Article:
Does this sound familiar? One of your parents is a full-fledged American, while the other moved over from Ireland back in 1972. You were born and raised in the USA, but thanks to your good ol’ parentals, you have the option to claim dual citizenship with a country that’s part of the European Union (EU).
Problem is, you’d never even thought about your potential dual citizenship until you got accepted into that ah-may-zing university in France, and now your pulling your hair out cause you can’t decide whether to claim citizenship or get a visa. Well, pull no further. Here we’ve listed the benefits of both to make your travel plans that little bit easier.
Since both visas and passports are documents of entitlement (err, forms of ID), they both allow you to travel overseas. But because visas come in such a large amount of variation, their travel benefits depend on which visa you select.
In most European countries however, you’ll be required to enter on a student visa cause your reason for coming into the country is to continue your education studies (obvs). A student visa will allow you to stick around in the country for anywhere between three months to a year, depending on which country you’re headed to. On top of purchasing a visa, some EU countries will also require you to obtain a student residence permit once you arrive, so that you can legally reside there until your overseas course ends.
During your time abroad, your visa or permit will allow you to travel to most other European countries – which, FYI is a huge temptation during those late night revision sessions. The bad news is most student visas come with strict obligations, like not allowing you to enter the country until one month before the start date of your degree (UK) and preventing you from getting work (pretty much everywhere).
On the other hand, if you travel to Europe on an EU passport you’ll have access to a heap of benefits outside those provided on the visa. The first of which is that you can study in any country that apart of the EU, without having to apply for a visa (though you still might need a student residence permit). You can also skip that slow line of tourists when you reach your overseas destination – giving you more time to catch up on your much needed beauty sleep.
And, as if you needed more reasons to dash out and get an EU passport, it allows you to travel to and work in most European countries while your abroad. This is a huge benefit, cause if you ever fall in love with one place in particular (ahem, France) then you have the option to stick around for a few more years or get a full-time job.
As most travellers will tell you, this part of the processes involves a lot of paper work, followed by several weeks of obsessively checking the post-box. The paper work bit always seems like the less stressful of the two – until, that is, your mum admits she has no idea where her old Irish passport is, so you’ve got to dig through the files in the windowless upstairs attic. In summer (ew).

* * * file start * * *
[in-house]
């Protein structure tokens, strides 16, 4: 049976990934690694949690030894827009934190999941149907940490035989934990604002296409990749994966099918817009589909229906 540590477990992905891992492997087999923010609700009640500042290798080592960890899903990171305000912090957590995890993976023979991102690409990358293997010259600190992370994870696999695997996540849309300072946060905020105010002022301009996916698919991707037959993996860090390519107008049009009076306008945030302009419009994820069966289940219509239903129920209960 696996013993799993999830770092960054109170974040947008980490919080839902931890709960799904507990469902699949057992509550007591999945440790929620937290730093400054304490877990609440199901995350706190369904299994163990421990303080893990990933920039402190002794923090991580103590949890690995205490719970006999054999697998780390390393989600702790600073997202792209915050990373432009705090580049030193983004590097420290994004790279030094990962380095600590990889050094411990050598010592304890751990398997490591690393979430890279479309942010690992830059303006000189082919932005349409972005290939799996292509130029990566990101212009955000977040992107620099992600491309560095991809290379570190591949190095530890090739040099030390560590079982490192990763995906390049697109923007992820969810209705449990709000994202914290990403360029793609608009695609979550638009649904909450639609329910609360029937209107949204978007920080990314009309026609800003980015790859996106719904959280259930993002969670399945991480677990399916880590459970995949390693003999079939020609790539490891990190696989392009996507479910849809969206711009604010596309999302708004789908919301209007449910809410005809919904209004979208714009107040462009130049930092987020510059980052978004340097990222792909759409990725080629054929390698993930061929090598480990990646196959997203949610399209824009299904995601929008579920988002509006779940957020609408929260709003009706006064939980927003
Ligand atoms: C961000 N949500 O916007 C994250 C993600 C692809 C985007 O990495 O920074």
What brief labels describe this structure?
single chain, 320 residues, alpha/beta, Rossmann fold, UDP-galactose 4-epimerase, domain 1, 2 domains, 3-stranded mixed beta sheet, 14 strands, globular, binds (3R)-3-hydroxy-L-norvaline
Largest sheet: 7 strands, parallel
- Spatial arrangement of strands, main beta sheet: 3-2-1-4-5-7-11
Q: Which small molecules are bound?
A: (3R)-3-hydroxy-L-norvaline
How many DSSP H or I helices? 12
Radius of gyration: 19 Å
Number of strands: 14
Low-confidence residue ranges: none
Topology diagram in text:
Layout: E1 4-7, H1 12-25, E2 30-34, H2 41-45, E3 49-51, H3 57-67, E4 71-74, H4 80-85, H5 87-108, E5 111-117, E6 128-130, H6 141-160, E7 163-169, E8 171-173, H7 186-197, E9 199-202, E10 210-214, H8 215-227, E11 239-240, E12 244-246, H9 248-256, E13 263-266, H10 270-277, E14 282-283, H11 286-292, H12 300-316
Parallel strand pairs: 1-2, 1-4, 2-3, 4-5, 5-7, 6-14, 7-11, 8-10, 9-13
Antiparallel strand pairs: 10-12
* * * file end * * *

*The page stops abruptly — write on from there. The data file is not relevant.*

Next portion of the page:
Once you’ve found all the required documents, you’ve got to send the original copies off to the country whose visa or passport you’re attempting to secure. If you apply for a visa, it will generally require less paperwork than if you apply for an EU passport, as you don’t have to prove your dual citizenship. Although a minor detail, the up side to having less paperwork to send off means visa applicants don’t have to pay as much for postage as passport applicants (okay, it’s a real minor detail – but at least you’ll save a few extra bucks!).
After you’ve posted the documents, you then have to wait for confirmation. The processing time for most countries is three to five weeks, although some passport applications can take up to seven weeks to come through.
The cost of a visa will depend on which visa you select and which country you go to. A general student visa can cost anywhere between $55 (France) and $420 (UK), but you may have to fork out a bit more dough if you also need a student residence permit (up to $335 – yikes!).
The cost of gaining dual citizenship is – surprise, surprise – a lot cheaper than most people would think. That’s because most EU countries will grant you a passport so long as you can prove you’re a citizen of descent (in other words, that your parent is their citizen). This effectively kills two birds with one stone, cause once your passport is approved, it acts as proof of your secondary citizenship (score!).
The cost of purchasing a brand new passport from an EU country averages out to around $140, depending on the exchange rate and which country you’re applying to. If you’re one of those people who got their EU passport back when they were in diapers and it’s now expired, then you’ll have to renew it before you depart. This can put you up to $110 out of pocket (UK), but often means you won’t have to do as much paperwork.
It’s also worth mentioning that all EU countries require you to send your application information and requisite documents to them via post. Best to add another $20 to your total.
THE BOTTOM LINE
All and all, travelling on an EU passport is definitely the way to go. It saves you time and money when entering most European countries, while also maximising your potential travel options.